As Noyse sat there alone, his passion at Martha gradually fell, and be remembered only the words of Rachel. Ever and ever, they hatefully repeated themselves: "He shall never be my hus band so long as the sun shines.” It was she then, she herself, who rejected him; and at moments he felt even furious to wards her. Once, in the vibrations of his spirit throught many thoughts, it struck him that he ought to pray; but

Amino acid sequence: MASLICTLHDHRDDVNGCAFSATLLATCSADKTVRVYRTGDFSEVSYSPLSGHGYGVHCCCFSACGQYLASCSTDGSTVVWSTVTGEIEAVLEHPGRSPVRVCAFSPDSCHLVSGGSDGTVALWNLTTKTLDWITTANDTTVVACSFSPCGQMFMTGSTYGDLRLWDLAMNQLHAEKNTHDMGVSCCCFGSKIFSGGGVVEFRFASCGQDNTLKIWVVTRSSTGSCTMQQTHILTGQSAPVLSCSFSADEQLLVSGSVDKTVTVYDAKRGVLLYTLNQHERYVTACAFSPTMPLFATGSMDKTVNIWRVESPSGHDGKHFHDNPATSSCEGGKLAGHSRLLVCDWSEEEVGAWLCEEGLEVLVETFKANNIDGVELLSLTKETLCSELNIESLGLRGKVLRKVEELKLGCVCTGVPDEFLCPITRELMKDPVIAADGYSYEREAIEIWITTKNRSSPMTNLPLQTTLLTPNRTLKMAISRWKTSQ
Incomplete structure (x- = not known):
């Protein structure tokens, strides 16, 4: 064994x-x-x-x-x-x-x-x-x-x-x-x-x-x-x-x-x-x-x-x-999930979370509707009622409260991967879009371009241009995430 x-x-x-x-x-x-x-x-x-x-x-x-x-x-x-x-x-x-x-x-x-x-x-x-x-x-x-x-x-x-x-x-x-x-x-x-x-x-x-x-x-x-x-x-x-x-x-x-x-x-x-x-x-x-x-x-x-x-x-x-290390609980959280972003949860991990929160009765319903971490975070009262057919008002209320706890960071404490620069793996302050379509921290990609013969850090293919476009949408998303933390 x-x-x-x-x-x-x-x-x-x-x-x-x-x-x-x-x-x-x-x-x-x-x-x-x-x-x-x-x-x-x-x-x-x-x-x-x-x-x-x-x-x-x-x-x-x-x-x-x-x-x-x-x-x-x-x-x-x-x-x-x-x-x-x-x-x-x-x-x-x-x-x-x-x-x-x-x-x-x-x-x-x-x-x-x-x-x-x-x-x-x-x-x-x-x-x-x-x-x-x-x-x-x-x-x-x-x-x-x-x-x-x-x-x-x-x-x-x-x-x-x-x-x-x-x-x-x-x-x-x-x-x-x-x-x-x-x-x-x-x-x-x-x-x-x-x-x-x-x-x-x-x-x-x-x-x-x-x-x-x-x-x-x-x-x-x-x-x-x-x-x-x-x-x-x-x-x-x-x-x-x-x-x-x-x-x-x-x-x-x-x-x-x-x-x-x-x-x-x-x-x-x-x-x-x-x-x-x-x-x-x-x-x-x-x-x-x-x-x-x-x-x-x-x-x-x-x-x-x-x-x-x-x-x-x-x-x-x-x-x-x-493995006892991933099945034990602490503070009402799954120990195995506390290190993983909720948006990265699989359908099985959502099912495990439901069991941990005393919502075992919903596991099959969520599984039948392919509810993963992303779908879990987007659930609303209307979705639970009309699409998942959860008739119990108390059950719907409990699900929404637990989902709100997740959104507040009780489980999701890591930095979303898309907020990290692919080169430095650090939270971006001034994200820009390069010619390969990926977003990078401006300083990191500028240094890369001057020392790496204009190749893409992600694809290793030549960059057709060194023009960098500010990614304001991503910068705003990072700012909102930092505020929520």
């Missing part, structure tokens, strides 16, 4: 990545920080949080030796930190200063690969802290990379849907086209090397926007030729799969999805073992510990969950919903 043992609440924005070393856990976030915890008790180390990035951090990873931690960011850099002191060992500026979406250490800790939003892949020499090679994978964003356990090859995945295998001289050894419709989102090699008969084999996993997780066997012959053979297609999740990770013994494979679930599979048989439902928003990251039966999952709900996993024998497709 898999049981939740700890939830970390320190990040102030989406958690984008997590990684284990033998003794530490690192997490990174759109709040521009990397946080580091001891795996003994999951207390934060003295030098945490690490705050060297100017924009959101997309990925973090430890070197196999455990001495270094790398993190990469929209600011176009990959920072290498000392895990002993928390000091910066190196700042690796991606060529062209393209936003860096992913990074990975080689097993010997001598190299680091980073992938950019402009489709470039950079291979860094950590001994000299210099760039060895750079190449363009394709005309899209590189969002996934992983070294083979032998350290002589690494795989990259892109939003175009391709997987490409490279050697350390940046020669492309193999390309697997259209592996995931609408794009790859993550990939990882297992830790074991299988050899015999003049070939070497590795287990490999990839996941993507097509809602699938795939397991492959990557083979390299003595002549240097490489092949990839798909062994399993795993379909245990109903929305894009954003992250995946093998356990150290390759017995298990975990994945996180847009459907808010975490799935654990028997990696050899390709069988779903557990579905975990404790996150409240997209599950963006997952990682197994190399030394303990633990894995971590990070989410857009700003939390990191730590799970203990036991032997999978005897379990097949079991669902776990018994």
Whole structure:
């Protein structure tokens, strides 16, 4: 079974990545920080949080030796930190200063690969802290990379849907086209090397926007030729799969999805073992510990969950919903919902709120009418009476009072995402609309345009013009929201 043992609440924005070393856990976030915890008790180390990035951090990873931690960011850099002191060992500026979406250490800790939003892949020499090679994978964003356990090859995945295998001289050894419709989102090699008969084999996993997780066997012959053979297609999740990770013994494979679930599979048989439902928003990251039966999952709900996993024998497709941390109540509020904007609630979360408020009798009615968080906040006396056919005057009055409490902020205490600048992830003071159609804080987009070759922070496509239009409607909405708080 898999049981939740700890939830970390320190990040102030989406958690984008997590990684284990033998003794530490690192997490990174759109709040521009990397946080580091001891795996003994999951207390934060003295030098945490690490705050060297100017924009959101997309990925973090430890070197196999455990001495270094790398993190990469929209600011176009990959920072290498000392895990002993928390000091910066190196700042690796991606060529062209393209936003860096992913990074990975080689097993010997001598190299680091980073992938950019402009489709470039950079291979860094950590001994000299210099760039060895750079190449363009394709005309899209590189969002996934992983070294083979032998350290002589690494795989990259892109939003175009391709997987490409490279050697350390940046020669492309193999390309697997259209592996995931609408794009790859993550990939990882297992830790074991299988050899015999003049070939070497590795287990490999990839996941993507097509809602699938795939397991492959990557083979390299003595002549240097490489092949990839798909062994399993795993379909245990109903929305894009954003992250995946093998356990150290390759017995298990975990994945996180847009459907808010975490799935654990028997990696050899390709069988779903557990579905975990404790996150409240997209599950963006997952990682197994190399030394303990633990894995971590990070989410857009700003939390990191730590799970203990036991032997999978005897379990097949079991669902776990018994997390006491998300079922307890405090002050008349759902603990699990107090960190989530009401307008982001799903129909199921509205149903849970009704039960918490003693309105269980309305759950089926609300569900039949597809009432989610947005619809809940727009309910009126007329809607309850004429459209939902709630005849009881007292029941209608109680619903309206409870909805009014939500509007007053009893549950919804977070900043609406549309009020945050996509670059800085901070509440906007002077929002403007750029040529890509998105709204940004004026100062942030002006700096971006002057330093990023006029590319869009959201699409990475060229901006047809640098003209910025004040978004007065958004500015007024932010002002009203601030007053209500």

he repulsed the impression, with a feeling of rebellion at that heaven which seemed to be crossing his purposes. Finally, the shrill clamor of the bell, ringing for court, startled him from that weary round of sullen and purposeless reveries. He locked his doors, turned away from the deserted dwelling, and walked alone toward the First Church. Numbers of people, who passed or met him, saluted him, and he returned their salutations, but with a feeling of impatient irritation at being thus disturbed. He tried to collect himself now; tried to be resigned to the dispensation that was upon him; but the effort was always lost in a new reverie, which swept him into another angry whirlpool. It was still the religious element in his character which chiefly contributed to his confusion; for he noticed, over and over again, that nothing so stirred up his rage, shame, and anguish as the consciousness that he was striving against Providence. Vexed and mortified, he reached the crowded broadening of the street in front of the meeting-house.